New Lamp Post (old base to the left)

Example of one of the original lamp posts
(still operating)

Shot at 1/60 second (so not over-exposed)
1954 light (L), 2016 light (R)

Shot at 1/60 second (so not over-exposed)
1954 light (L), 2016 light (R)

And here's a night shot example from 9/2015, before the
new lamp post (not the best comparison, but it's what I got)

I could rattle off a couple more observations....

Should the foundation be doing that...?
This is at the corner of the building, in plain sight.

... But I'll save those for another time. Maintenance and care is always going to be an issue with older schools. But by doing things right the first time, with care and with respect to the past, it will always cost less than doing it wrong and having to fix it again.

I am frustrated at the lack of historical understanding when LCPS has blueprints and photographs of the school at their disposal. I am angry there aren't protections in place for older school buildings like Loudoun County HS. I am regretful for the missed opportunity, and that my favorite school is stuck with incorrect windows for the next few decades. I am disappointed in LCPS.


"No doubt about it, the Loudoun County High School will be one of the finest school buildings in the state when it is completed next fall. ... the building is designed to give high school students the best physical facilities that can be provided. There is no reason why it shouldn't. After all, Loudoun is one of the wealthiest counties in Virginia. We can afford the best for our school children."
- The Loudoun Times-Mirror, [Editor Commentary Section], January 14, 1954

“Take pride in the way our school looks, especially to others. The cooperation of everyone is needed to keep our school building and grounds in excellent order.”

-LCHS SCA Student Handbook circa. 1974



Sources Used:
Countless Lord Loudoun Yearbooks
"2008 Exhibition of School Planning and Architecture: Loudoun County High School" for CEFPI ESPA, used to be found on the LCPS website

Enjoy other LCHS Articles from the same author:

Couldn't fit in what I was writing, but wanted to include as well:
Am I against everything that has changed the front of the school? No way! The 2016 accessibility ramps added to the front portico are lovely. They were wonderfully integrated into the landscape and they make the front of the school accessible for all. These were a necessity and they minimally changed the front appearance. Unlike the new windows.

One accessibility ramp to LCHS's front portico. There is
another one on the other side, mirroring this one.

Monday, June 5, 2017

Arcola School - 2017 Update

Arcola Elementary School (1939) in 2017

On the way to a wedding-eve rehearsal for one of my dear friends, I drove through the community of Arcola. Spying the backside of the 1970's Arcola Elementary School from the road, it reminded me that I hadn't visited its predecessor in a while. So I made a detour on my way home to the 1939 Arcola Elementary School.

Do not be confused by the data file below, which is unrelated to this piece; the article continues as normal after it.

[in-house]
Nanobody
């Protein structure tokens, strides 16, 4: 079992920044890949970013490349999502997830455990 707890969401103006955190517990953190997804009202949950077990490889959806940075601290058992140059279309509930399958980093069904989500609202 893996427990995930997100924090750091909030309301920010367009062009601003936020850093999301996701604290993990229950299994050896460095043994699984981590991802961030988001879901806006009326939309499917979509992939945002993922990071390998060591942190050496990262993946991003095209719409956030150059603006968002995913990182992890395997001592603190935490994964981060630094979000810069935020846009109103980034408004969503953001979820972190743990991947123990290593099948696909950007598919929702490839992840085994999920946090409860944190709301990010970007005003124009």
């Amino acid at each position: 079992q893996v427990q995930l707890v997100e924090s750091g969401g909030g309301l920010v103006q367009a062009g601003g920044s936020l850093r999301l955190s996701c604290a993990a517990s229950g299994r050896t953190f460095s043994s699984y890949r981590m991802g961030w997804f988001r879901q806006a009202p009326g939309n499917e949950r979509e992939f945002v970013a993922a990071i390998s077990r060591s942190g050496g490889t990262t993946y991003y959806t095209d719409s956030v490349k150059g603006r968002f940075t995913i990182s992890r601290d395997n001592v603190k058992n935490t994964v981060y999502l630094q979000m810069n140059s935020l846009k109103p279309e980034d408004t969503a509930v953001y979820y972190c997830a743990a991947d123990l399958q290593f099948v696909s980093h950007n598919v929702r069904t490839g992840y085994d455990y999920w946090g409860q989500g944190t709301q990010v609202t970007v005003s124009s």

Although Arcola is still vacant and its future still uncertain, its situation is a lot better. In 2013, with permission and support from Loudoun County's Board of Supervisors, the school became listed on the National Register of Historic Places. This is the second school in Loudoun to receive its own listing, the first being the Douglass School in Leesburg. These things aren't handed out willy-nilly around here! (Some other schools are a part of Register-recognized Historic Districts) (Loudoun has 87 listings in total currently) (Anyway, I digress)

The Board again discussed in 2014 what to do with the school, and the community rallied the Board against considering a demolition option. For the next two years, the Board looked for a private-public partnership to reuse the school. The Windy Hill Foundation proposed converting the building into affordable living apartments. While the plan had a lot of community support, the Board axed the plan. The property sits close to Dulles Airport's runways and is in a future runway flight plan, so the Board has avoided putting residential properties in this area due to noise. Other factors, such as the Foundation's finances for the project, changing the property's zoning, how much of the school building would be preserved, and the increased residential density the project would create led the Board to reject the plan. So Arcola is still empty, but safe for now.

Arcola is still owned by Loudoun County Government, used as overflow storage for County General Services Administration.

Arcola Elementary School (1939) in 2017

I had a little trouble finding the school. Its address is officially listed at 24244 Gum Spring Road. The school is more accurately on Silver Spring Boulevard, disconnected from Gum Spring Road to the south. I believe I ran into this exact problem in 2011. There's a lot of development happening in the area, so I wouldn't find it hard to imagine the Boulevard was part of the Road in the past, but then construction necessitated that they split up.